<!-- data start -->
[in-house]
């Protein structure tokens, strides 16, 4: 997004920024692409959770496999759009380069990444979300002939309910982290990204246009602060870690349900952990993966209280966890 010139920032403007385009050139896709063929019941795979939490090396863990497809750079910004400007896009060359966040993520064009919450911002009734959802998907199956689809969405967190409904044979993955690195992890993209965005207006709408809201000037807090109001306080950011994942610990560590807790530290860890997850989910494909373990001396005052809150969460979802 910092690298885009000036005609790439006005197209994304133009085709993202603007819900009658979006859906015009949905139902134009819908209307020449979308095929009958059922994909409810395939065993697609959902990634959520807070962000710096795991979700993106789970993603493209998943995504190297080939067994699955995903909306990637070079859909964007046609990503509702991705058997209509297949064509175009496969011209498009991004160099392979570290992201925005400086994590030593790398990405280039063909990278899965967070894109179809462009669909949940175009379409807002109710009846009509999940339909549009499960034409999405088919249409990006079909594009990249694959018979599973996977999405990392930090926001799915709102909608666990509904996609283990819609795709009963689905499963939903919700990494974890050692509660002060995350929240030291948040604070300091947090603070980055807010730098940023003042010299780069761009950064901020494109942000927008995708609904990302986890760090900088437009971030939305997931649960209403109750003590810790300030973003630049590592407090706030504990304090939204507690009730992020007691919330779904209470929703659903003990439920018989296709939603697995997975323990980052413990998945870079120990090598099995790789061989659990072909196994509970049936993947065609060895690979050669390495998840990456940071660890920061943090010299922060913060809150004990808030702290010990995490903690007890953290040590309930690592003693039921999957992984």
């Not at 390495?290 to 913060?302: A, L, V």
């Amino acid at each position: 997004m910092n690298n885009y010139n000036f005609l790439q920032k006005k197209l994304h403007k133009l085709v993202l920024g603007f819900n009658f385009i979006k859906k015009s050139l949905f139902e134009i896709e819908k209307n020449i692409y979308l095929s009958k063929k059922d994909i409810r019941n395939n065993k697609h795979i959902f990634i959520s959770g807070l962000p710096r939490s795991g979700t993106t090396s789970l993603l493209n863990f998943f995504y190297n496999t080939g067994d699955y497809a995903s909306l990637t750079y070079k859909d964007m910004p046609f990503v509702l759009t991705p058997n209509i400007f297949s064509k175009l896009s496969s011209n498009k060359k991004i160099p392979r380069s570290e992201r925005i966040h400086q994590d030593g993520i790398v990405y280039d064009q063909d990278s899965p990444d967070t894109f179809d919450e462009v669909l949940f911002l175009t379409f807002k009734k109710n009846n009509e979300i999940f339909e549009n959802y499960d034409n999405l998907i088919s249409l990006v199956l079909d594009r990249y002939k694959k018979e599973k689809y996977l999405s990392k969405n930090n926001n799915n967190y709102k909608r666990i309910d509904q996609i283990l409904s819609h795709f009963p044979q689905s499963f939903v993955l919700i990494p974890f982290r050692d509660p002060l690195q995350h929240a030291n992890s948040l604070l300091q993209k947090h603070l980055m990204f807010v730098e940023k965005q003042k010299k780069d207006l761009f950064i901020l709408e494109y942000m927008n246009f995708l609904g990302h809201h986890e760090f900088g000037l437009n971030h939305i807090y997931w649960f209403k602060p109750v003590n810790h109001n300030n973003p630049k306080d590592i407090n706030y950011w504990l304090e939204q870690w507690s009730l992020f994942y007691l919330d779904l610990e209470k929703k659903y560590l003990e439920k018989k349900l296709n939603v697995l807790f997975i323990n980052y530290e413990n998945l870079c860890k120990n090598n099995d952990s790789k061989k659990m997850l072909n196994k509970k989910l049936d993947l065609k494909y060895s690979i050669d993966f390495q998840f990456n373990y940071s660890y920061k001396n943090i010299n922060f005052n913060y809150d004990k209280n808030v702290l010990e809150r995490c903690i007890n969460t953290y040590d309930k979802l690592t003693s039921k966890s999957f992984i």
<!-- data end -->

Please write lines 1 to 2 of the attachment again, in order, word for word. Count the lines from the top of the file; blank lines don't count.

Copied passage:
[in-house]
């Protein structure tokens, strides 16, 4: 997004920024692409959770496999759009380069990444979300002939309910982290990204246009602060870690349900952990993966209280966890 010139920032403007385009050139896709063929019941795979939490090396863990497809750079910004400007896009060359966040993520064009919450911002009734959802998907199956689809969405967190409904044979993955690195992890993209965005207006709408809201000037807090109001306080950011994942610990560590807790530290860890997850989910494909373990001396005052809150969460979802 910092690298885009000036005609790439006005197209994304133009085709993202603007819900009658979006859906015009949905139902134009819908209307020449979308095929009958059922994909409810395939065993697609959902990634959520807070962000710096795991979700993106789970993603493209998943995504190297080939067994699955995903909306990637070079859909964007046609990503509702991705058997209509297949064509175009496969011209498009991004160099392979570290992201925005400086994590030593790398990405280039063909990278899965967070894109179809462009669909949940175009379409807002109710009846009509999940339909549009499960034409999405088919249409990006079909594009990249694959018979599973996977999405990392930090926001799915709102909608666990509904996609283990819609795709009963689905499963939903919700990494974890050692509660002060995350929240030291948040604070300091947090603070980055807010730098940023003042010299780069761009950064901020494109942000927008995708609904990302986890760090900088437009971030939305997931649960209403109750003590810790300030973003630049590592407090706030504990304090939204507690009730992020007691919330779904209470929703659903003990439920018989296709939603697995997975323990980052413990998945870079120990090598099995790789061989659990072909196994509970049936993947065609060895690979050669390495998840990456940071660890920061943090010299922060913060809150004990808030702290010990995490903690007890953290040590309930690592003693039921999957992984």